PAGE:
By Barbara Thompson
Director, Office of Family Policy/Children and Youth, Office of the Secretary of Defense (Military Community and Family Policy)
Our military children are strong and resilient. From a very young age, they face challenges many other children do not, including frequent moves, school transitions, and tough goodbyes. Through all of this, they demonstrate maturity and wisdom—helping out at home during deployments, doing well in school, and much more. However, the military lifestyle can take its toll on our children’s health and well-being and it’s important that we provide families with the right resources to support their children through difficult times.
Positive mental health is essential to a child’s development and on May 9th, we draw attention to this important issue by recognizing Children’s Mental Health Awareness Day, part of the Substance Abuse and Mental Health Services Administration’s (SAMHSA) “Caring for Every Child’s Mental Health” initiative, which seeks to increase awareness about the importance of children’s mental health and to stimulate support services. This year, the focus will be on the impact of trauma on children and youth and how we can help our children build resilience to it.
Sesame Workshop’s resources and outreach have done more to help families cope with repeated deployments during a decade of war than anything the military could have done alone, the military’s top officer said here today.
Army Gen. Martin E. Dempsey, Chairman of the Joint Chiefs of Staff, said Sesame’s “Talk, Listen, Connect: Deployments, Homecomings, Changes” campaign — a kit of DVDs and booklets designed to get families to discuss the unique challenges of military service with young children — sends “a powerful signal and produces a better outcome” than the Defense Department or military services could do on their own.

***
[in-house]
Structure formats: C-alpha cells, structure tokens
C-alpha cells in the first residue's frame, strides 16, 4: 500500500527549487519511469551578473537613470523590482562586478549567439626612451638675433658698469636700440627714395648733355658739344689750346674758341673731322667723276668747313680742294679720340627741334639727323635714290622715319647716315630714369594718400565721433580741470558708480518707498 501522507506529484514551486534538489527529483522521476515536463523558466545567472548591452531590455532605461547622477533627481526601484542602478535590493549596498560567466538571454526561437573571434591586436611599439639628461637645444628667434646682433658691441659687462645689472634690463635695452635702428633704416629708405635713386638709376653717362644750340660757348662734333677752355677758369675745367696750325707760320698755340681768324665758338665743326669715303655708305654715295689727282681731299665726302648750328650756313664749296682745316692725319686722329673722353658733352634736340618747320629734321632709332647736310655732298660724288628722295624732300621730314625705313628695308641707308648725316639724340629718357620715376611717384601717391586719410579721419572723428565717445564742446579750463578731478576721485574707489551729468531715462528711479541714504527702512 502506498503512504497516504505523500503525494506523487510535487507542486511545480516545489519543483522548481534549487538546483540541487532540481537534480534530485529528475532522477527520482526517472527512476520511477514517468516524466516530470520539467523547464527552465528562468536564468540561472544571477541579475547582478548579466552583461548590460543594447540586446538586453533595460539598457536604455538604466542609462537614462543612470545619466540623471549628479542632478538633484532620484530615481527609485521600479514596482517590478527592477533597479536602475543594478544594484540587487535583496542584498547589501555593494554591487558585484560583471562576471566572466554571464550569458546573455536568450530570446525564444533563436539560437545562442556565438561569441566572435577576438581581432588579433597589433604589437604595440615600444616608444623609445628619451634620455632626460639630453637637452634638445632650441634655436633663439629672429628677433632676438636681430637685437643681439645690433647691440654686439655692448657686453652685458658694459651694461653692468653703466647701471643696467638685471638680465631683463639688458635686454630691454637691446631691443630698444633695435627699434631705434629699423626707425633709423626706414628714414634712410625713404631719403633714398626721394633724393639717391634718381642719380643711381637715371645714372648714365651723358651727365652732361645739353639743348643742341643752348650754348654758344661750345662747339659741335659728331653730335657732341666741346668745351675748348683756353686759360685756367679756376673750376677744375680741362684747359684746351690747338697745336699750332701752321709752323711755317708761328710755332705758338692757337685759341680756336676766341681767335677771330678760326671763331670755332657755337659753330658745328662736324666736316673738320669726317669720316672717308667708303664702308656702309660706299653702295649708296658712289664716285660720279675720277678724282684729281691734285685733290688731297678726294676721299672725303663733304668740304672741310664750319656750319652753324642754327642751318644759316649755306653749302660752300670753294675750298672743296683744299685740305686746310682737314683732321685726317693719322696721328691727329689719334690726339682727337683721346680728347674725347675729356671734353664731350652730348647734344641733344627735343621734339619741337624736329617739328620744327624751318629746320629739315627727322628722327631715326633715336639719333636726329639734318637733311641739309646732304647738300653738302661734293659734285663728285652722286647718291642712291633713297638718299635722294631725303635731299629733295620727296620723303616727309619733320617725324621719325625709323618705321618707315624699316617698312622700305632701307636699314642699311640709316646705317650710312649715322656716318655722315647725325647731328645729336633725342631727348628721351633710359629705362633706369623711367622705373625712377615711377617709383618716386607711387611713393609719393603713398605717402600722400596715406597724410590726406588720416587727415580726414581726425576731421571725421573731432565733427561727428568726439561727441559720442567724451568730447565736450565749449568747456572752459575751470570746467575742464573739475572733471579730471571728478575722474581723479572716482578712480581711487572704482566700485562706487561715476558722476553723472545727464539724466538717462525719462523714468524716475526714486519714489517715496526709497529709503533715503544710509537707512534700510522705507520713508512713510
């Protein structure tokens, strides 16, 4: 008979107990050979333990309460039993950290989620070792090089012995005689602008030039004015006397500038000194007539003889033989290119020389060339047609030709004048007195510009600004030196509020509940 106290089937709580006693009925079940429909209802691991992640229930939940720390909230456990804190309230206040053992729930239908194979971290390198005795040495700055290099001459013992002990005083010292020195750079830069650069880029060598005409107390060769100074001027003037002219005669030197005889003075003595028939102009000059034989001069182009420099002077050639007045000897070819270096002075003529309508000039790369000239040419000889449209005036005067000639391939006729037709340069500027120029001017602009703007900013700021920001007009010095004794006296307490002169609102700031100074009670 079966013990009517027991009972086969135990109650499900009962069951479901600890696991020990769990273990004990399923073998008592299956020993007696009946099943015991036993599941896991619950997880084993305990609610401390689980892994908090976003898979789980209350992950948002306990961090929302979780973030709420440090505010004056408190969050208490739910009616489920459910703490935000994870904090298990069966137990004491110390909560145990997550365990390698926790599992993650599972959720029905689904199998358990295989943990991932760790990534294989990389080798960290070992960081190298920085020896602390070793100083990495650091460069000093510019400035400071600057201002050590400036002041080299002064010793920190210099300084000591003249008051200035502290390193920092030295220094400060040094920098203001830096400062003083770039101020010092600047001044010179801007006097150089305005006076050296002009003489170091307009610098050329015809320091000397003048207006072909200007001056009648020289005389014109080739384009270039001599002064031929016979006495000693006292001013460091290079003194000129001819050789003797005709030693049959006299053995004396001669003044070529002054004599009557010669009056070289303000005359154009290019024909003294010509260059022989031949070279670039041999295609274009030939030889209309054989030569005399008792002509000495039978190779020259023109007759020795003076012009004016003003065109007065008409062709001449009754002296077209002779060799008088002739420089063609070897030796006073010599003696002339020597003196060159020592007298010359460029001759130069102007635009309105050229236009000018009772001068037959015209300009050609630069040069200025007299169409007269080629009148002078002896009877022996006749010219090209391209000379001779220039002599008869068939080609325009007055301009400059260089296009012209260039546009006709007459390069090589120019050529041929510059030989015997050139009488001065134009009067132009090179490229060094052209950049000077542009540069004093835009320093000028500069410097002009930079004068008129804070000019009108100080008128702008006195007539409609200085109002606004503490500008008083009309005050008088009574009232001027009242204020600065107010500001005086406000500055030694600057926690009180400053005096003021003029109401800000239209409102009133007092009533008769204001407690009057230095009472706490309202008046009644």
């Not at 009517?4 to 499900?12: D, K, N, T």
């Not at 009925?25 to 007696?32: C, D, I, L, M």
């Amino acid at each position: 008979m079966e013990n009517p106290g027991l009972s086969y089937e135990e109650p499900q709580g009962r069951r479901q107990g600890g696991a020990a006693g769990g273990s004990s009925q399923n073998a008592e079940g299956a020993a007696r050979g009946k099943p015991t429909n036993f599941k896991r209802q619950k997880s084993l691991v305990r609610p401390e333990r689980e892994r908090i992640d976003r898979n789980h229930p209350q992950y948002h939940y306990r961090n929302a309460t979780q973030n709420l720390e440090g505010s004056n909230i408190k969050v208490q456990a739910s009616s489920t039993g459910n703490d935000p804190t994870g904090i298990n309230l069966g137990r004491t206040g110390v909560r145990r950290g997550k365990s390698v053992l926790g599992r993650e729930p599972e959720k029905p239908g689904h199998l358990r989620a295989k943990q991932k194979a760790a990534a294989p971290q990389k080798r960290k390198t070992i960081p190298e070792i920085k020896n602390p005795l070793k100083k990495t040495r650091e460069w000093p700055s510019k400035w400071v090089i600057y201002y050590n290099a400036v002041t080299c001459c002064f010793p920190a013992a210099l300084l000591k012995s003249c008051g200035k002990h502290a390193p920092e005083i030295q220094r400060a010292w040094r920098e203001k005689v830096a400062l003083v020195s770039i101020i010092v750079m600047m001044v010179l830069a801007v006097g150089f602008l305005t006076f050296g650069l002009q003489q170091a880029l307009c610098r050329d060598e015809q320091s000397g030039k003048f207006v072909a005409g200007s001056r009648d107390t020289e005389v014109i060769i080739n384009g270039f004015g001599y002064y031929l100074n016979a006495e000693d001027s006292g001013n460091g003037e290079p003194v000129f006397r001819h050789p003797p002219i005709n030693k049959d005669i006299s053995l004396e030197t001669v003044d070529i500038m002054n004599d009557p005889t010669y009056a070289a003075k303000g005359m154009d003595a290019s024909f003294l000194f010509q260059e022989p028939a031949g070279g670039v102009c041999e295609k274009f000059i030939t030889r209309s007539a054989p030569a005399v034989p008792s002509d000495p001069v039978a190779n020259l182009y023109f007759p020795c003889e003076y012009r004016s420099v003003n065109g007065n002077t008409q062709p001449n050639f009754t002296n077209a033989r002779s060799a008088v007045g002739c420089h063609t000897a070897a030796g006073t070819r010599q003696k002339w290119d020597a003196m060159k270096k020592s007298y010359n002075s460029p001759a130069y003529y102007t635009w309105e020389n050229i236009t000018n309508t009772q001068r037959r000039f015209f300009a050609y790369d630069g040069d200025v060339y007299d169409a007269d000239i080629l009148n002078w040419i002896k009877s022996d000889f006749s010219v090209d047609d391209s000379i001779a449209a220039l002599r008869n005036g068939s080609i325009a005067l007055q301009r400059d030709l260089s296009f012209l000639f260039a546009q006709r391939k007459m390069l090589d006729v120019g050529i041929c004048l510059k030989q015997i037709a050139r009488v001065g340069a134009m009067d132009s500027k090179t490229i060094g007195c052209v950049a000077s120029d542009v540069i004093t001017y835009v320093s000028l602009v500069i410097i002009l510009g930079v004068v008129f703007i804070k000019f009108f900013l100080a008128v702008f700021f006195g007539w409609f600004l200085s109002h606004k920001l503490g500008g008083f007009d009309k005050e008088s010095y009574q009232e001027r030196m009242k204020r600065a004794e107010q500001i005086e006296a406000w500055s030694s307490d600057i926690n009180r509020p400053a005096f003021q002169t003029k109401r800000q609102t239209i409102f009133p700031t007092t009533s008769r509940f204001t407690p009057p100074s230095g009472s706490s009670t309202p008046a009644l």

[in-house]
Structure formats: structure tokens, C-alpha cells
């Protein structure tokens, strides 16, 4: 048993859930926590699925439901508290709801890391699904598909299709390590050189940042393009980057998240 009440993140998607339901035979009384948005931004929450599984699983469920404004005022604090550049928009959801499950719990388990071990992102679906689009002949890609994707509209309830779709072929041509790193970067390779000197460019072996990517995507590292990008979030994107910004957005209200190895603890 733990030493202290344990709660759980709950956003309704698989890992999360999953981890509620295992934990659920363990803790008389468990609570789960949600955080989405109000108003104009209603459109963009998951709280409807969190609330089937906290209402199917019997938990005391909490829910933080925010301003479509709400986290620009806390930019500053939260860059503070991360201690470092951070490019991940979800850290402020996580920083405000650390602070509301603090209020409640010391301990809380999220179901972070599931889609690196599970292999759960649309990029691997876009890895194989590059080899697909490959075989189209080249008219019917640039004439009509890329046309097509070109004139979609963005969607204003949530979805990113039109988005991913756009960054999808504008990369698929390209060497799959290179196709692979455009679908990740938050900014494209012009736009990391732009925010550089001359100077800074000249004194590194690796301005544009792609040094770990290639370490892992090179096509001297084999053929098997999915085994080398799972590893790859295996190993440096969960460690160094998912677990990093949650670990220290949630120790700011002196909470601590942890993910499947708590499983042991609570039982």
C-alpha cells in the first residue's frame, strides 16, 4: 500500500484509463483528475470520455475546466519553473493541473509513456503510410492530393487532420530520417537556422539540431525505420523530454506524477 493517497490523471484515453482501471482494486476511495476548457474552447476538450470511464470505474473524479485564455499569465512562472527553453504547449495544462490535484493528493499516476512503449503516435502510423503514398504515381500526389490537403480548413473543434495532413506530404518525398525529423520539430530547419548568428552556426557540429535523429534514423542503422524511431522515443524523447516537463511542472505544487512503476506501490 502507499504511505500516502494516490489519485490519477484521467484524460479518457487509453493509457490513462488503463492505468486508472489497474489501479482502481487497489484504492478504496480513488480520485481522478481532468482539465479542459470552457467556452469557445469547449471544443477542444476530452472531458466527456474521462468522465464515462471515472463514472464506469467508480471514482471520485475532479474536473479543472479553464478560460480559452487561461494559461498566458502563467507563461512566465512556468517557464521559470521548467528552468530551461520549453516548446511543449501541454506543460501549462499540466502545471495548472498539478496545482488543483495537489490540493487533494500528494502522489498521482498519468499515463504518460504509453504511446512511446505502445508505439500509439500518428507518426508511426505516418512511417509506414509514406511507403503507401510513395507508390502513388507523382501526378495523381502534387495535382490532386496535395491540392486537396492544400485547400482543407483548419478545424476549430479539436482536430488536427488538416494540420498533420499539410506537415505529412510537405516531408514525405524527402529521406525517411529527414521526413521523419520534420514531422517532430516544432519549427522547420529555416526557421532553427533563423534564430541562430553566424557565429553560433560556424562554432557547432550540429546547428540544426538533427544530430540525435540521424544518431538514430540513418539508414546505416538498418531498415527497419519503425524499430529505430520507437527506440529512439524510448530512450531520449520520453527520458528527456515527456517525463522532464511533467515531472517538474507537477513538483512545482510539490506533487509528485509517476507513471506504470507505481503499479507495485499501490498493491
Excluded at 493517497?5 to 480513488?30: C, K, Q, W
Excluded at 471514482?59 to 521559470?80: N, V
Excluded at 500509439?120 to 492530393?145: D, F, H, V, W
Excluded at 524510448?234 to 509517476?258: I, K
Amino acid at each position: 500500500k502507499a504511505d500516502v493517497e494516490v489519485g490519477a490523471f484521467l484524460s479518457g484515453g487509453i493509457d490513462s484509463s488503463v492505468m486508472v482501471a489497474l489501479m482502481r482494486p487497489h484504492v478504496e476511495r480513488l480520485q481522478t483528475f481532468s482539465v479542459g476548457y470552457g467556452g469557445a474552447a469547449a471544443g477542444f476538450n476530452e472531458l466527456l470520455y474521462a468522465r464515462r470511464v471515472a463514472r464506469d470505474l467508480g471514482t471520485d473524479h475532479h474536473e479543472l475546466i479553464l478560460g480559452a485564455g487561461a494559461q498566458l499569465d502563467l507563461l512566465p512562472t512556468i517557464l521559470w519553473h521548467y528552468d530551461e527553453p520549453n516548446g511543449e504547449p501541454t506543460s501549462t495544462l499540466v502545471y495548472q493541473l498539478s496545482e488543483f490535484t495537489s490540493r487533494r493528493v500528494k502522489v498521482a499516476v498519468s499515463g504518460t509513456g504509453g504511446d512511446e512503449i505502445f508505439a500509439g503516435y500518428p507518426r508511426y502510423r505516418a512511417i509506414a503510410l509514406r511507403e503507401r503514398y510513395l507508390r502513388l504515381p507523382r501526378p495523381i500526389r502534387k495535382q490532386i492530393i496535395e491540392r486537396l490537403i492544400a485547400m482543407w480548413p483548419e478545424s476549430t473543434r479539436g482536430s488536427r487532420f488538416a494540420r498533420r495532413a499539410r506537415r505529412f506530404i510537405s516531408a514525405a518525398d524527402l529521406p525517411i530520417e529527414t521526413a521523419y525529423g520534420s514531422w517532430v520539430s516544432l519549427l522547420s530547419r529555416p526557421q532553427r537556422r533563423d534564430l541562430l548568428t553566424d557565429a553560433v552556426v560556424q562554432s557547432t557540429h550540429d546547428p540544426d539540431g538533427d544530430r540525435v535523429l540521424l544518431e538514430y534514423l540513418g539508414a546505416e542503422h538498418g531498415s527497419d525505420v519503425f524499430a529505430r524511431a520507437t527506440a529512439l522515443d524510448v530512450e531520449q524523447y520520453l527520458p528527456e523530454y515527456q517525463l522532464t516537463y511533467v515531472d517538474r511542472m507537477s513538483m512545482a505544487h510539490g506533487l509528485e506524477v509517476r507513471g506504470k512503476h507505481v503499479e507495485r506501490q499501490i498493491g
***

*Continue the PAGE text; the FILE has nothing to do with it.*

Dempsey made the comments as part of a Sesame Workshop panel discussion with other military and veteran advocates. ABC News correspondent Bob Woodruff, who suffered a traumatic brain injury while reporting on the war in Iraq, and his wife, Lee, also an author and journalist, hosted the event at the National Press Club.
“I bet you’ll pay more attention to what Rosita says than what any four-star general says,” Dempsey said, as the green furry monster puppet made an appearance at the lectern next to him.
The hardest farewell: a little boy wipes away tears as he says goodbye to his daddy. His father is getting ready to deploy to Afghanistan.
South Carolina Air National Guardsmen and active duty personnel from the 169th Fighter Wing at McEntire Joint National Guard Base, S.C., April 8th, 2012. Personnel are departing from McEntire for an Air Expeditionary Force (AEF) deployment to Afghanistan in support of Operation Enduring Freedom. More than a dozen South Carolina Air National Guard F-16 fighter jets and nearly 500 personnel (pilots, maintenance specialists and support staff) will deploy for about four months.
(South Carolina Air National Guard Photo by Staff Sgt. Jorge Intriago, 169th FW Public Affairs)